“ Created in an old quarry at the base of Holyhead Mountain, the Breakwater Country Park provides an excellent centre for coastal walks „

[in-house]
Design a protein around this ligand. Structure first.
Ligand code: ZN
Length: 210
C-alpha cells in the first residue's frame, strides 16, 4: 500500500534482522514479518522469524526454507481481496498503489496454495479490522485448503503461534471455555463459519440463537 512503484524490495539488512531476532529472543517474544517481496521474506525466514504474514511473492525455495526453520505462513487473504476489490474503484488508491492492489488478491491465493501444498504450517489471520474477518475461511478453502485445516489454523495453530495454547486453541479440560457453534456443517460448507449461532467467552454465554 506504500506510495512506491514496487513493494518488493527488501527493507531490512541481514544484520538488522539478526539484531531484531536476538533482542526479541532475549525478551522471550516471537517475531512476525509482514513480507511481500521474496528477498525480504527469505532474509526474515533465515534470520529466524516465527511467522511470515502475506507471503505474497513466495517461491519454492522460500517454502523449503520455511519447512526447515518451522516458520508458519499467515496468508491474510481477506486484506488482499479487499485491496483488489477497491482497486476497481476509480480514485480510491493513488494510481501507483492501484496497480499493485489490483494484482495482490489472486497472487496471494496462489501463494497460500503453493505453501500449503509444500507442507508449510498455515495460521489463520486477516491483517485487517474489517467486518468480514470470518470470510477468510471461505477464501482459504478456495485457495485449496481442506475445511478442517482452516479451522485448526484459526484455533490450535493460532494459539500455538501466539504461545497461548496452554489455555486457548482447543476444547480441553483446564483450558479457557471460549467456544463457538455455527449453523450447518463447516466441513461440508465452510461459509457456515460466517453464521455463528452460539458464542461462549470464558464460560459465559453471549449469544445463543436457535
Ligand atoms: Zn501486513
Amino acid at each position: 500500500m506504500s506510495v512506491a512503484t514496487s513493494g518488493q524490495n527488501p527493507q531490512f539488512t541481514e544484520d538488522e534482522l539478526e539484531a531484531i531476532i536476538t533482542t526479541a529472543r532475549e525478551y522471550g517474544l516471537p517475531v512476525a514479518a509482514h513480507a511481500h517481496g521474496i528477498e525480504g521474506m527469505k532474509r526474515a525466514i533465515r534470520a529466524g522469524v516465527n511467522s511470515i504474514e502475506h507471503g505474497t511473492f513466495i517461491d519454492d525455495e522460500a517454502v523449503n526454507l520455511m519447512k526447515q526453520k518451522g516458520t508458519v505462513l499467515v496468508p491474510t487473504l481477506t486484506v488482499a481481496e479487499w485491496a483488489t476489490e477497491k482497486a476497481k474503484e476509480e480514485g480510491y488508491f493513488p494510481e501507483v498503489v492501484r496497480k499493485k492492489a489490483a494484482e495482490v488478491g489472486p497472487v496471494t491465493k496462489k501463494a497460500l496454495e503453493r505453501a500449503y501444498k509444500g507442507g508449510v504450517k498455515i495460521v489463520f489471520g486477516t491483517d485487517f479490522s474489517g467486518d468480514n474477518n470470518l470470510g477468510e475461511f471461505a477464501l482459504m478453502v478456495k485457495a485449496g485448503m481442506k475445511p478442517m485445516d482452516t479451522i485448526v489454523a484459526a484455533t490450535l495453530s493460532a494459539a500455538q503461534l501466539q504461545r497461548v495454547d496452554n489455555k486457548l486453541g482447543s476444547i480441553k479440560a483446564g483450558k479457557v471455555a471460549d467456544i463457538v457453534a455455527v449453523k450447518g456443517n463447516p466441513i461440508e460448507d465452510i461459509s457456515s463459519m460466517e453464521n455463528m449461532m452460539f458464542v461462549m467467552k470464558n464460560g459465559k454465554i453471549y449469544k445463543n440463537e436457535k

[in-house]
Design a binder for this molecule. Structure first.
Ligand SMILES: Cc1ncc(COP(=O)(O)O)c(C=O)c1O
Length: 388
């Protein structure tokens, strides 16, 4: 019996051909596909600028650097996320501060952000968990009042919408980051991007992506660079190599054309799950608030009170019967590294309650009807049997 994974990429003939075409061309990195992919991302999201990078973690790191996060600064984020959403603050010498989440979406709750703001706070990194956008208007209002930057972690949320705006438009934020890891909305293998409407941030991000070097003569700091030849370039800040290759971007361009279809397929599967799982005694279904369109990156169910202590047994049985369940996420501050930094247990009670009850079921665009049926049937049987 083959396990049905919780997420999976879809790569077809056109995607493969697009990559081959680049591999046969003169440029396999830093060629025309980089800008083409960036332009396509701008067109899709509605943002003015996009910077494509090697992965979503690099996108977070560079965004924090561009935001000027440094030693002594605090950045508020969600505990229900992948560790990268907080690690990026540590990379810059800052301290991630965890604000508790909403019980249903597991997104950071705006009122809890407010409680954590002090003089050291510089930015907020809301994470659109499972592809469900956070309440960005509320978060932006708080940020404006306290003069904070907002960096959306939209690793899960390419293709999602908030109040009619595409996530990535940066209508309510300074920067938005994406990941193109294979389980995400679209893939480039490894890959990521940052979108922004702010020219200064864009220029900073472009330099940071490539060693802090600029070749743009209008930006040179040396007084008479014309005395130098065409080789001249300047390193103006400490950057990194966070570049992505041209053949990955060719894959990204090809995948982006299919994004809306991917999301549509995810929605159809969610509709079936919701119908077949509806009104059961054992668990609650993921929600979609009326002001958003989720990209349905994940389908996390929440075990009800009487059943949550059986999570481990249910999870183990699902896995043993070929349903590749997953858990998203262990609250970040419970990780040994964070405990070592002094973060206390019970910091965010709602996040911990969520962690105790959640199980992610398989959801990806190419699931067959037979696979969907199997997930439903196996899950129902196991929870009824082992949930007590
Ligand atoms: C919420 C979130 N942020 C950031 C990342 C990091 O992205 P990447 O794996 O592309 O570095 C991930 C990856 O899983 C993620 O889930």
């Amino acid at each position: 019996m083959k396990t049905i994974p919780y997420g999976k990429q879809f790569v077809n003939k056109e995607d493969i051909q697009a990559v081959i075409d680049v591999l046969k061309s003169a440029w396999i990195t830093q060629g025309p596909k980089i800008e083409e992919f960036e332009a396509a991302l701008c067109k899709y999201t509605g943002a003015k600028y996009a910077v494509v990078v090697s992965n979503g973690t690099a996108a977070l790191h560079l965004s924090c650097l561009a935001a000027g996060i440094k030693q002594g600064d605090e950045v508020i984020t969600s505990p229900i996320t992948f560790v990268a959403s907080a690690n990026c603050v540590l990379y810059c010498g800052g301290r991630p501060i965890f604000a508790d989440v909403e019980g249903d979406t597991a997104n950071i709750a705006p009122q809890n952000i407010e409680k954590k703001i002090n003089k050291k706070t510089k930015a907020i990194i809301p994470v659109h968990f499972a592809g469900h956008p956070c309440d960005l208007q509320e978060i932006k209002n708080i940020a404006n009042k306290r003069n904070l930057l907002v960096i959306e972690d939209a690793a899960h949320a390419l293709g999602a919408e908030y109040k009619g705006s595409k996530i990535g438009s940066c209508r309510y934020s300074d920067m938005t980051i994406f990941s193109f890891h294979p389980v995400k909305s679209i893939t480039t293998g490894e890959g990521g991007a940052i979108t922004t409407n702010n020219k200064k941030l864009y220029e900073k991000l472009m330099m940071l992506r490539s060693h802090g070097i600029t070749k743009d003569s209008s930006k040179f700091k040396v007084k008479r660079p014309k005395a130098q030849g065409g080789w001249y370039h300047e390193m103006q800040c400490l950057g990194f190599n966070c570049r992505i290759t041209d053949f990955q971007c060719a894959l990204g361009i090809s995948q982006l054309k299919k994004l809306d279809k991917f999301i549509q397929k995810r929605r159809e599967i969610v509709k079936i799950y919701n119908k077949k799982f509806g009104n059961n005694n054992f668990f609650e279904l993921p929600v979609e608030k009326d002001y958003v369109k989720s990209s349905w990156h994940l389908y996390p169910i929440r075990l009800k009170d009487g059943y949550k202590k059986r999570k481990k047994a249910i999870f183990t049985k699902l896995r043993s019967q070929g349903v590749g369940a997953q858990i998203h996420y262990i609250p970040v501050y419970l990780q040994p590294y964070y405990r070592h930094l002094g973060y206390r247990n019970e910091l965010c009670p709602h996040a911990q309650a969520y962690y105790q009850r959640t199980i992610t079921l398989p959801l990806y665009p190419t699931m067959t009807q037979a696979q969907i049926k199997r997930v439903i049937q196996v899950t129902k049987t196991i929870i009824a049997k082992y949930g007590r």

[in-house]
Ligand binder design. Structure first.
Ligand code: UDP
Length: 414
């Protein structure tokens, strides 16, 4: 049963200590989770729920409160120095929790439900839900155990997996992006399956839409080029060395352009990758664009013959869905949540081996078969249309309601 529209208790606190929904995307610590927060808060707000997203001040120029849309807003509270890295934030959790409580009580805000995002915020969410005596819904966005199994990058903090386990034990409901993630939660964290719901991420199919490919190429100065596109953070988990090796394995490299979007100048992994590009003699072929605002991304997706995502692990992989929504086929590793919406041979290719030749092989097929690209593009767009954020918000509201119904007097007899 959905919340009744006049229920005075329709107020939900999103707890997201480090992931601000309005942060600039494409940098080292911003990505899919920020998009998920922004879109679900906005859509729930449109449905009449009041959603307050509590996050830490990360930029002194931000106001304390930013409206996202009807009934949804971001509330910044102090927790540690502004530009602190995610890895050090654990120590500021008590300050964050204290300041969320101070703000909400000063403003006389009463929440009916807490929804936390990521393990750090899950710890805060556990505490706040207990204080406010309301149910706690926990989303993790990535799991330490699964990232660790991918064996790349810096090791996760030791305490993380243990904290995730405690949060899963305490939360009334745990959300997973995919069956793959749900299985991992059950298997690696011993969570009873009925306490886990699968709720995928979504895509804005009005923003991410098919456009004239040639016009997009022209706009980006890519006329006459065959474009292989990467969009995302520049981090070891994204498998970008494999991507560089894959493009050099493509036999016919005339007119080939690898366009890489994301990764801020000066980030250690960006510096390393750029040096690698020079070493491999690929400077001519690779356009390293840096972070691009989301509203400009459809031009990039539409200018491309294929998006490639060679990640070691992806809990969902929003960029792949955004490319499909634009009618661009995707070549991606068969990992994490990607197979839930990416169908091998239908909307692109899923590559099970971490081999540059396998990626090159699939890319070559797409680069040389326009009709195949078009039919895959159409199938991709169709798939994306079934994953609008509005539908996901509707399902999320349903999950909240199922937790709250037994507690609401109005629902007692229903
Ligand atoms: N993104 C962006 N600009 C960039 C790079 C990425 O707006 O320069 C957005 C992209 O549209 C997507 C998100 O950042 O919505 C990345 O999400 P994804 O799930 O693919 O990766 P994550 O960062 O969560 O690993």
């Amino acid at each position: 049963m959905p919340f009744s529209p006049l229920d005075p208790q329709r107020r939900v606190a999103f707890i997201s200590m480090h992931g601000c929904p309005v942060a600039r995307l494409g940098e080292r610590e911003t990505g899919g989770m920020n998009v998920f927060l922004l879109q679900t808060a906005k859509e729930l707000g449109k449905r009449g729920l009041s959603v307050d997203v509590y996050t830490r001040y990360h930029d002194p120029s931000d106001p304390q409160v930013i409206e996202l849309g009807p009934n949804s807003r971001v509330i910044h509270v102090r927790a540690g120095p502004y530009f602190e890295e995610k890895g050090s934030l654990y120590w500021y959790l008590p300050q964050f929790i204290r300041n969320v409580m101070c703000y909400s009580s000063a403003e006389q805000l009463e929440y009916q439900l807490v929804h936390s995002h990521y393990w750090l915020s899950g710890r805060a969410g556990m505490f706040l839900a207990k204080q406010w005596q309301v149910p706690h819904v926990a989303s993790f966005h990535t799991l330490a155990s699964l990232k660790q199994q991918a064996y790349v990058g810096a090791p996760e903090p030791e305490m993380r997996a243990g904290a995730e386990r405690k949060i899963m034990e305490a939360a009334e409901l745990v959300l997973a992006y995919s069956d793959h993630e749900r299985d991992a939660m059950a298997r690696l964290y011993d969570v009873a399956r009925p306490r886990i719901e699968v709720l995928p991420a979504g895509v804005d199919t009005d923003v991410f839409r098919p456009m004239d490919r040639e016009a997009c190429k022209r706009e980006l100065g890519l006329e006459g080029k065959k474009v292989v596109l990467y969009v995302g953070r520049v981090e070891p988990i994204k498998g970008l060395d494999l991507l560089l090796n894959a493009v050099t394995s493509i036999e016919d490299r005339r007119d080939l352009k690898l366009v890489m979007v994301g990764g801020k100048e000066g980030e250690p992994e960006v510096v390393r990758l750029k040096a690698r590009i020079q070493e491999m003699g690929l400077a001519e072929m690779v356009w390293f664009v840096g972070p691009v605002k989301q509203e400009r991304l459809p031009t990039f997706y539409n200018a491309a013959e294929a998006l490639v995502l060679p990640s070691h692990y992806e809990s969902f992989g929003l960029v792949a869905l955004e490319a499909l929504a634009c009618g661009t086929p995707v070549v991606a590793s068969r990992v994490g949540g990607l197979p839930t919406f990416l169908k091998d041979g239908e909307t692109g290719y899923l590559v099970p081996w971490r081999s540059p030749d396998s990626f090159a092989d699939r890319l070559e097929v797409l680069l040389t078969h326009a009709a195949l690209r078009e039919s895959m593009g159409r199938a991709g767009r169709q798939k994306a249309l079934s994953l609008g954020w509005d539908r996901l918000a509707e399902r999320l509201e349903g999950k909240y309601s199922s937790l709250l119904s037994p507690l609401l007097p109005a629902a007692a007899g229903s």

The Isle of Anglesey, located off the northwest tip of the Welsh mainland is an island of contrasts. The landscape is rugged, untamed in parts, and stunningly beautiful. Despite this, parts of the island have an industrial aspect (such as at Wylfa nuclear power station) with hundreds of years of history of men working the land. At Breakwater Country Park, however, the stark beauty of the coastline has been sensitively merged with the area's industrial past to create a wonderful resource for nature, locals and tourists alike. The park is about five minutes drive from Holyhead and is signposted from the main road that runs past Holyhead harbour (follow the brown tourist signs). A reasonably sized free car park sits next to the visitor centre. The car park has disabled parking spaces and the café has toilets and a RADAR key accessed disable toilet. The area was previously used as a quarry; the extraction of millions of tonnes of quartz used to create the Holyhead breakwater created a huge gaping hole in the side of the mountain. Today, with restoration sympathetic to the area's previous use, the disused quarry has been transformed. Traces of the quarry's history can still be seen today. A tall tower, used for brick making remains as a mute reminder of its past, whilst the quarrymen's hut is now used to house the visitor centre and cafe. The small lake adjacent to the visitor centre has a widened track to accommodate wheelchairs and the local ducks appreciate being fed with the visitors' leftover sandwiches or bread taken just for them. Interpretation boards chronicle the park's industrial history and showcase the wildlife that can be now seen. Apart from the remaining buildings, there is little evidence that men once toiled for hours on end, creating vast clouds of choking dust and fumes, to extract building materials from the mountain side and it's hard to imagine the site ever being busy and noisy. Nowadays, the park is calm and peaceful, and the once bare rock simply covered with rare and beautiful flowers and shrubs. In summer, everywhere one looks there are vibrant colours and dazzling combinations of flowers. Brilliant yellow gorse smelling of coconut, thrift, red campion and even the gorgeous little bee orchid can be seen; a blaze of colour against the azure blue of the Irish Sea. The wildlife which must have deserted the area for 100 years has returned with a vengeance. Following the mile long trail, the visitor will encounter rare birds such as choughs and peregrine falcons flying overhead, and spot seals gazing curiously back at them just offshore. The very rare silver studded blue butterfly makes its home here, as does the venomous adder. With luck, harbour porpoises and bottle-nosed dolphins can also be seen. This is a simply lovely place to spend a summer's day. The trail winds through the gorgeous Anglesey countryside and the spectacular coast. The rocky shore means that the sound of waves crashing against the rocks can often be heard and salt spray scented in the air. As you progress along the trail, you will notice the beautiful mosaics created by local schoolchildren and placed at intervals along the walk. Even though there is a café, this is an excellent spot for a picnic. Find a secluded spot near the rocky shore amongst the gorse and rest, eat your own food and listen to the restless sea; totally peaceful and relaxing, I can really recommend it as a way of washing one's cares away. The more popular South Stack RSPB reserve nearby acts as a magnet to visitors, meaning that Breakwater Country Park is often very quiet by comparison. During a morning's walk, the visitor may have only the birds and seals for company and it can be hard to imagine that the bustling town of Holyhead is only five minutes away. Breakwater Country Park is a stunning, award winning example of what can be created from an old industrial site. The beauty of the park, its excellent facilities and proximity to Holyhead make this a must see place for anyone visiting Anglesey during the summer. Wouldn't it be great if all old industrial sites could be transformed in this way?